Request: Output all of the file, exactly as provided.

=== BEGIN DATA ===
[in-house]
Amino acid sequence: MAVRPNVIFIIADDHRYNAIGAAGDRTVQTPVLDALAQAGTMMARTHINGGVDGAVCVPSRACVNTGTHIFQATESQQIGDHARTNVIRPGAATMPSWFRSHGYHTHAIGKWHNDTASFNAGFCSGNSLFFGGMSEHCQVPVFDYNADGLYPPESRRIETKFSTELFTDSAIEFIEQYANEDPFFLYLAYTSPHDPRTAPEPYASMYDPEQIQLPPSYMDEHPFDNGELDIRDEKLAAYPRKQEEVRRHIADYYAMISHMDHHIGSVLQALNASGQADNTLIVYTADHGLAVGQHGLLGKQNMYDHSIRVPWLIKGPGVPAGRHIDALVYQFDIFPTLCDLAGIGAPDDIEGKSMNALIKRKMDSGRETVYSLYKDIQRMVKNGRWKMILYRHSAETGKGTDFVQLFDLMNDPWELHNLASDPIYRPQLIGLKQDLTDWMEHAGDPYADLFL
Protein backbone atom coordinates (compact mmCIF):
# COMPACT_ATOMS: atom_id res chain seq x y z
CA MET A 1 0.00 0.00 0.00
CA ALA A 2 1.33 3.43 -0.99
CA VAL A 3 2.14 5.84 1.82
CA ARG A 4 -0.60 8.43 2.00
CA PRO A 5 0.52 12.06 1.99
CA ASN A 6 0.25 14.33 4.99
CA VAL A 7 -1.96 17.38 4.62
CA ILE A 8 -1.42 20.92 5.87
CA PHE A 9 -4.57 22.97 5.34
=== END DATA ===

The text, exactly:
[in-house]
Amino acid sequence: MAVRPNVIFIIADDHRYNAIGAAGDRTVQTPVLDALAQAGTMMARTHINGGVDGAVCVPSRACVNTGTHIFQATESQQIGDHARTNVIRPGAATMPSWFRSHGYHTHAIGKWHNDTASFNAGFCSGNSLFFGGMSEHCQVPVFDYNADGLYPPESRRIETKFSTELFTDSAIEFIEQYANEDPFFLYLAYTSPHDPRTAPEPYASMYDPEQIQLPPSYMDEHPFDNGELDIRDEKLAAYPRKQEEVRRHIADYYAMISHMDHHIGSVLQALNASGQADNTLIVYTADHGLAVGQHGLLGKQNMYDHSIRVPWLIKGPGVPAGRHIDALVYQFDIFPTLCDLAGIGAPDDIEGKSMNALIKRKMDSGRETVYSLYKDIQRMVKNGRWKMILYRHSAETGKGTDFVQLFDLMNDPWELHNLASDPIYRPQLIGLKQDLTDWMEHAGDPYADLFL
Protein backbone atom coordinates (compact mmCIF):
# COMPACT_ATOMS: atom_id res chain seq x y z
CA MET A 1 0.00 0.00 0.00
CA ALA A 2 1.33 3.43 -0.99
CA VAL A 3 2.14 5.84 1.82
CA ARG A 4 -0.60 8.43 2.00
CA PRO A 5 0.52 12.06 1.99
CA ASN A 6 0.25 14.33 4.99
CA VAL A 7 -1.96 17.38 4.62
CA ILE A 8 -1.42 20.92 5.87
CA PHE A 9 -4.57 22.97 5.34